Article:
Indigenous groups release booklet for workers in the criminal justice system
The new booklet is being distributed across the Atlantic region
A new booklet designed for people working in the criminal justice system aims to give more context and understanding when working with Indigenous people involved with the system.
It provides information about the Indigenous groups in Atlantic Canada, a brief history of Indigenous-Crown relations and The Indian Act, as well as how generational trauma, such as the residential schools, are still having an effect today.
'When you're looking at all these and how they contribute to an offender, they play a huge role.' — Sheri Bernard
Bringing Balance to the Scales of Justice was designed by the Mi'kmaq Confederacy of P.E.I. in partnership with the Elsipogtog Restorative Justice Program in New Brunswick, the Miawpukek First Nation in Newfoundland and Labrador and the Mi'kmaq Legal Support Network in Nova Scotia.
It was released in the last month and is now being distributed to police, court officials, probation officers, judges and lawyers throughout the Atlantic region.
Sheri Bernard, Indigenous justice coordinator with the confederacy, says it's important that systemic issues within the Indigenous community are given a proper historical context — particularly around the residential schools.
"There are certainly effects that have come from that ... in areas of high unemployment, lack of opportunities, lack of education, the increase in lateral violence, increase in isolation, higher rate of suicide," she said.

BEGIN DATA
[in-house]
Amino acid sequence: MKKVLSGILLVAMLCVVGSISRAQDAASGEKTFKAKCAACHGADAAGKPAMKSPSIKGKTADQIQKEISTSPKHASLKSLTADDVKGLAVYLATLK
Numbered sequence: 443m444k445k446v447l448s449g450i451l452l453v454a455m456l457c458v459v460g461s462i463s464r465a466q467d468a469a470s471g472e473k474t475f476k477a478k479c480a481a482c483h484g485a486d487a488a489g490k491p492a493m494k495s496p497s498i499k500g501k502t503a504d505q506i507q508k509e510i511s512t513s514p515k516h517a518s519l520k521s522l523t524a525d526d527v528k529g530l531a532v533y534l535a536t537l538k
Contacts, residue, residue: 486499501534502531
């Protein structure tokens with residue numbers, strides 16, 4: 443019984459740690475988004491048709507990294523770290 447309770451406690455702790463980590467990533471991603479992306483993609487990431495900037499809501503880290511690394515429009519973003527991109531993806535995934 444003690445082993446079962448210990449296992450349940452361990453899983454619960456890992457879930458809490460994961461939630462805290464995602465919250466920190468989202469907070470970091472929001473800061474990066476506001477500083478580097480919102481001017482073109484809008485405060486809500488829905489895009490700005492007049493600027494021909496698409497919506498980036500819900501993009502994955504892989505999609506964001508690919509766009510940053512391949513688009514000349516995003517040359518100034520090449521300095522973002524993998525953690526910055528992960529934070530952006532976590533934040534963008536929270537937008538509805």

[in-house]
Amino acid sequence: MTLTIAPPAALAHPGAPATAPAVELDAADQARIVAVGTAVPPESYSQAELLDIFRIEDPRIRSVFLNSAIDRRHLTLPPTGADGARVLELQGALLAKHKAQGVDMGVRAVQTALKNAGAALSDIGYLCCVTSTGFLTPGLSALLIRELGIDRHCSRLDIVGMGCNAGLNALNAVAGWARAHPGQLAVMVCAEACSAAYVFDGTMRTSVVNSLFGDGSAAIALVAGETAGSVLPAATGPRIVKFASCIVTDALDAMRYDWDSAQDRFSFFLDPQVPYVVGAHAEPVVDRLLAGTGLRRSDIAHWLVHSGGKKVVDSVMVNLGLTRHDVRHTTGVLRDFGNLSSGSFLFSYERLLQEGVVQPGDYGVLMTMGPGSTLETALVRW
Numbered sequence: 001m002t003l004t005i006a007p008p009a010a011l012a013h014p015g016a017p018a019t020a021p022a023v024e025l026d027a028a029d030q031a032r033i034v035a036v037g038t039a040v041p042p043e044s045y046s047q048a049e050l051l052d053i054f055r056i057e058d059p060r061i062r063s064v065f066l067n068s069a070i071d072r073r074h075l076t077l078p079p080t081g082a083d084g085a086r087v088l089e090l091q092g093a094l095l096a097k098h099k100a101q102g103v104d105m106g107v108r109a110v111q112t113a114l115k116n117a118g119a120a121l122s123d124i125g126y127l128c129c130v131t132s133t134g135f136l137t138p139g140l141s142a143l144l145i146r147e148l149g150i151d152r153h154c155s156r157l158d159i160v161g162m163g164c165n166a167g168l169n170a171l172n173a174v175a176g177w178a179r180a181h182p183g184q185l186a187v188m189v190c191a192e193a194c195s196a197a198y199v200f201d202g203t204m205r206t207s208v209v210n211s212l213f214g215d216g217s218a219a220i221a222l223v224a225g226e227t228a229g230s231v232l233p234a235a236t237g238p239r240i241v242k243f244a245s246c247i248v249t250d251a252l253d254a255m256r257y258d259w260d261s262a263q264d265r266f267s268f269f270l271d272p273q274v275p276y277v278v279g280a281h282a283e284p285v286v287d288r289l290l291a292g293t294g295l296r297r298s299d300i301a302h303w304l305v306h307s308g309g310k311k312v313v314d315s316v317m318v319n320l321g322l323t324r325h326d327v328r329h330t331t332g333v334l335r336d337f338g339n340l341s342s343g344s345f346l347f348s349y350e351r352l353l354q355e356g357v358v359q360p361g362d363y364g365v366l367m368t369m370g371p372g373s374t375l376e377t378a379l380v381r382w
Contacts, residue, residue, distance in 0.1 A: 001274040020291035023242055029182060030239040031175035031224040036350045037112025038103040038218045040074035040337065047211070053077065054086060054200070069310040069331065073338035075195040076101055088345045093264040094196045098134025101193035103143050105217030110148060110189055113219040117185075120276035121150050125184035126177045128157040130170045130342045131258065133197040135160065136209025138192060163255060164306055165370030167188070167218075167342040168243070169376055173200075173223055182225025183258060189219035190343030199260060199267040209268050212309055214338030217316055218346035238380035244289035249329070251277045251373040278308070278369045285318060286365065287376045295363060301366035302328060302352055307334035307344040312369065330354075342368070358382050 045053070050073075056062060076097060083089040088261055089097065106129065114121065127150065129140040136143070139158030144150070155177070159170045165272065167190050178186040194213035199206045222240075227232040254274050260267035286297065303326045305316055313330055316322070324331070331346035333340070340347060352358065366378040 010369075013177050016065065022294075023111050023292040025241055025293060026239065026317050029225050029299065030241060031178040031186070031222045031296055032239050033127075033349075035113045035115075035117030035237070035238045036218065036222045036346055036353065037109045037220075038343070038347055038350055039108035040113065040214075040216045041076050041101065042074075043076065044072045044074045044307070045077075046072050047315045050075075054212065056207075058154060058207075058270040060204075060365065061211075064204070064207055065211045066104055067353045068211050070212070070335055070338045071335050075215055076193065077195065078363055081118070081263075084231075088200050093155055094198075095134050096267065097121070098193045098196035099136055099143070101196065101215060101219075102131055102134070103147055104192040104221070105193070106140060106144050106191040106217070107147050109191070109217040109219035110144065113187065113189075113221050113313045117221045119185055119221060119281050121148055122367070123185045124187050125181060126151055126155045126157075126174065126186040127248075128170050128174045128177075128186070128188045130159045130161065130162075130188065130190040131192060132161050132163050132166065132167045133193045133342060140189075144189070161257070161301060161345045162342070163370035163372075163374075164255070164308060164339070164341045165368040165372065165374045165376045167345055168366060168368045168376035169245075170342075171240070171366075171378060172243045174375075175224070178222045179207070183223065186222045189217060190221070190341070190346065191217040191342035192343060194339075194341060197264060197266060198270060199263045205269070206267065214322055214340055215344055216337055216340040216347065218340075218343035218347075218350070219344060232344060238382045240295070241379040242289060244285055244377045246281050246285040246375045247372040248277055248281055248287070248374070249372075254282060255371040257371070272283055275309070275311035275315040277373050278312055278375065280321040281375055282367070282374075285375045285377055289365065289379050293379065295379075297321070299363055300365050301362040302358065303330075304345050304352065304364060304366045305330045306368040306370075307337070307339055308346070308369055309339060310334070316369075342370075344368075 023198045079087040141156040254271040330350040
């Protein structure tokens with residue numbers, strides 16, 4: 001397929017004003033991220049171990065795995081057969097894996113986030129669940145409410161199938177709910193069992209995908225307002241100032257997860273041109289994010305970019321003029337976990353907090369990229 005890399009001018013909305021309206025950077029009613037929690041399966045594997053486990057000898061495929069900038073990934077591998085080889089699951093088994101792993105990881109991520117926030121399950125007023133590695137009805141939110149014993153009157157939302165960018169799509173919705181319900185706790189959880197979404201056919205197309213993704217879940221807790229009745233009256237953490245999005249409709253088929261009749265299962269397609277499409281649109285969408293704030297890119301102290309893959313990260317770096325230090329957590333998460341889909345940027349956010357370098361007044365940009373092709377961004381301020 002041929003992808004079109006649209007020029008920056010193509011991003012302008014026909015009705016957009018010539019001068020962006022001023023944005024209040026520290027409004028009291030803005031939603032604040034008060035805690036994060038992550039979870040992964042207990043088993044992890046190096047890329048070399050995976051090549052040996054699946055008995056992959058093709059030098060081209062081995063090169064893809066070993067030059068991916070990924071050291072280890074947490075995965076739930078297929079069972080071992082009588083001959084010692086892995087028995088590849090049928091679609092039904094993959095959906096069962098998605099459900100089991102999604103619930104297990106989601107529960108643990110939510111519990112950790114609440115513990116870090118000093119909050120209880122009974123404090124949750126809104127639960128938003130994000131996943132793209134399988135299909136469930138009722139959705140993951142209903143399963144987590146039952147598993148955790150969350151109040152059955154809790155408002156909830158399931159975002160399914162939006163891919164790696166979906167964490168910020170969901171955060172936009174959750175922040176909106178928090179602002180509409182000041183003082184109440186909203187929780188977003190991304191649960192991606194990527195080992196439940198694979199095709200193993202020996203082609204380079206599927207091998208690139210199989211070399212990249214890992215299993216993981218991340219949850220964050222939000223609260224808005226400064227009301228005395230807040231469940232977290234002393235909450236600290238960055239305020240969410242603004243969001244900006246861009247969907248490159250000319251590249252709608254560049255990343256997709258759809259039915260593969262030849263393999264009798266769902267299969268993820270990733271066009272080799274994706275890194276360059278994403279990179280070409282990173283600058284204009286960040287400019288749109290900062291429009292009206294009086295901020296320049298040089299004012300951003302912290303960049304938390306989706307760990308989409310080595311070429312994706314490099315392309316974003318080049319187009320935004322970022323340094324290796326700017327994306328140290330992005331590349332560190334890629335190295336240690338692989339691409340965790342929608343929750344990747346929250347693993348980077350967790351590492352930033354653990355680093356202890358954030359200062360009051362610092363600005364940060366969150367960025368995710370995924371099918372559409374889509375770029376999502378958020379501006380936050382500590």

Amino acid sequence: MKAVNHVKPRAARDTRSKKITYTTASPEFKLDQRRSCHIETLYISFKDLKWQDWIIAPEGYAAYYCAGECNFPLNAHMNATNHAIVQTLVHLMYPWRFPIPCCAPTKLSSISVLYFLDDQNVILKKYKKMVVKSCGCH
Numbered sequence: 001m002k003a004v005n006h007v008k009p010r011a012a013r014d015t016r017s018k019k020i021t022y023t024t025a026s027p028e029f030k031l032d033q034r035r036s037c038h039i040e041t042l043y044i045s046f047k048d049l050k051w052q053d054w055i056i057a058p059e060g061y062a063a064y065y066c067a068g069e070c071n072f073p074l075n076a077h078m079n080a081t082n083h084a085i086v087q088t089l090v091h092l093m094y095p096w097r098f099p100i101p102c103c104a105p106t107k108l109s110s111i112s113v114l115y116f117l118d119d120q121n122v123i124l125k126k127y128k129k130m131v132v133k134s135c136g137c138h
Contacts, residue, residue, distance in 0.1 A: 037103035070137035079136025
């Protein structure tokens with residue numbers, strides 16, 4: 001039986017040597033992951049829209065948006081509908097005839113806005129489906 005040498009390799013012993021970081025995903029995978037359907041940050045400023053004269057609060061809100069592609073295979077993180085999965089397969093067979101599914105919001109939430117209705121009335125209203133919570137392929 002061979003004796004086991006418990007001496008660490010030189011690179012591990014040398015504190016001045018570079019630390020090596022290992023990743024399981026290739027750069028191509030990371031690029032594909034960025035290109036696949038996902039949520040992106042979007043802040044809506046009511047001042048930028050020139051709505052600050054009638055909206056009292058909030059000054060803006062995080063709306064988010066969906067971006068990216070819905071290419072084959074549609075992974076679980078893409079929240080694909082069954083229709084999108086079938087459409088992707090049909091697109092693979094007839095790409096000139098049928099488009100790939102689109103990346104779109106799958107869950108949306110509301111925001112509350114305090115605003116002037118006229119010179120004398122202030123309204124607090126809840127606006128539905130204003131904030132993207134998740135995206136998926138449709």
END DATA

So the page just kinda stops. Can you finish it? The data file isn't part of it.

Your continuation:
"When you're looking at all these and how they contribute to an offender, they play a huge role. ... There's also the issues around child apprehension, like the 60's Scoop, the effects that it's had, not just on that one generation but how it has affected the offender intergenerationally, so those issues come down the line."
'It serves much more of a purpose than sending the person to jail where the issue is not resolved.' — Sheri Bernard
Bernard said these problems do not disappear with the passing of time alone.
"The trauma that the parents, or grandparents or great-grandparents had experienced comes down through the generations," she said.
"So the intergenerational trauma, whatever trauma hasn't been resolved from one generation gets passed down to the next."
Gladue reports are pre-sentencing or bail hearing reports that give recommendations to the court about sentencing, and offer insight into the specific background of Indigenous people involved in the justice system.
'The trauma that the parents, or grandparents or great-grandparents had experienced comes down through the generations.' — Sheri Bernard
Bernard said over half of Indigenous people involved with the justice system opt to have a Gladue report.
Taking a more contextual approach to criminal justice, she said, would help not only offenders, but the system itself.
"Identifying whether it's an issue of substance abuse for example, then addressing that issue, it serves much more of a purpose than sending the person to jail where the issue is not resolved," she said.
'Transportation is a huge issue'
Bernard said a lack of understanding of the issues affecting Indigenous people can cause a cycle of offences keeping them perpetually in the system.
"Whenever we're looking at higher rates of incarceration ... it's usually with offences for crimes against the system, so for example people breaching," she said.
"The issue there primarily is transportation. Transportation is a huge issue ... if they can't make their meetings with probations."
Bernard said the hope is the booklet will help educate everyone working within the criminal justice system.
"For people just to have as a resource and to just understand and hopefully beat down some of the stereotypes that are out there. At least provide some understanding as to why Aboriginal people are in the current situation that they're in with the high rates of incarceration."